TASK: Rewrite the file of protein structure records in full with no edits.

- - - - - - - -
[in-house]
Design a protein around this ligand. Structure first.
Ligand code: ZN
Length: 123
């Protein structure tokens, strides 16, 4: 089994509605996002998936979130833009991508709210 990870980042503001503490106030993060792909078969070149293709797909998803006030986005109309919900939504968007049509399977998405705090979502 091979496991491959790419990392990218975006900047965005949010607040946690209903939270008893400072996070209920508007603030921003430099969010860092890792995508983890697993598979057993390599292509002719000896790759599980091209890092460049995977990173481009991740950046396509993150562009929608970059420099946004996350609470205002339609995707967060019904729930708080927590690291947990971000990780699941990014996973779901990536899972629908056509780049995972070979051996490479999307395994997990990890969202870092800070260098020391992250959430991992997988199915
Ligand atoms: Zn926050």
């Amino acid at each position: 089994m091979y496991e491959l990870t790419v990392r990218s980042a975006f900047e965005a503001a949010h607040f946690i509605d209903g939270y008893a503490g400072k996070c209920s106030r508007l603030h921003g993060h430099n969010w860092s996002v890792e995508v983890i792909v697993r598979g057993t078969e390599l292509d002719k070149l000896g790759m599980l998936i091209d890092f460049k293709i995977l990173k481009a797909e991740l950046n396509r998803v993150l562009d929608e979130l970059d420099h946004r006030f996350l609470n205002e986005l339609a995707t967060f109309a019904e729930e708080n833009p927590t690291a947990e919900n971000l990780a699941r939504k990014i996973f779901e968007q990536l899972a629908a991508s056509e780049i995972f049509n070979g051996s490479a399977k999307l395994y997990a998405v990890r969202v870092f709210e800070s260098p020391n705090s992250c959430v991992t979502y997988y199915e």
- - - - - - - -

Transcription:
[in-house]
Design a protein around this ligand. Structure first.
Ligand code: ZN
Length: 123
């Protein structure tokens, strides 16, 4: 089994509605996002998936979130833009991508709210 990870980042503001503490106030993060792909078969070149293709797909998803006030986005109309919900939504968007049509399977998405705090979502 091979496991491959790419990392990218975006900047965005949010607040946690209903939270008893400072996070209920508007603030921003430099969010860092890792995508983890697993598979057993390599292509002719000896790759599980091209890092460049995977990173481009991740950046396509993150562009929608970059420099946004996350609470205002339609995707967060019904729930708080927590690291947990971000990780699941990014996973779901990536899972629908056509780049995972070979051996490479999307395994997990990890969202870092800070260098020391992250959430991992997988199915
Ligand atoms: Zn926050």
């Amino acid at each position: 089994m091979y496991e491959l990870t790419v990392r990218s980042a975006f900047e965005a503001a949010h607040f946690i509605d209903g939270y008893a503490g400072k996070c209920s106030r508007l603030h921003g993060h430099n969010w860092s996002v890792e995508v983890i792909v697993r598979g057993t078969e390599l292509d002719k070149l000896g790759m599980l998936i091209d890092f460049k293709i995977l990173k481009a797909e991740l950046n396509r998803v993150l562009d929608e979130l970059d420099h946004r006030f996350l609470n205002e986005l339609a995707t967060f109309a019904e729930e708080n833009p927590t690291a947990e919900n971000l990780a699941r939504k990014i996973f779901e968007q990536l899972a629908a991508s056509e780049i995972f049509n070979g051996s490479a399977k999307l395994y997990a998405v990890r969202v870092f709210e800070s260098p020391n705090s992250c959430v991992t979502y997988y199915e």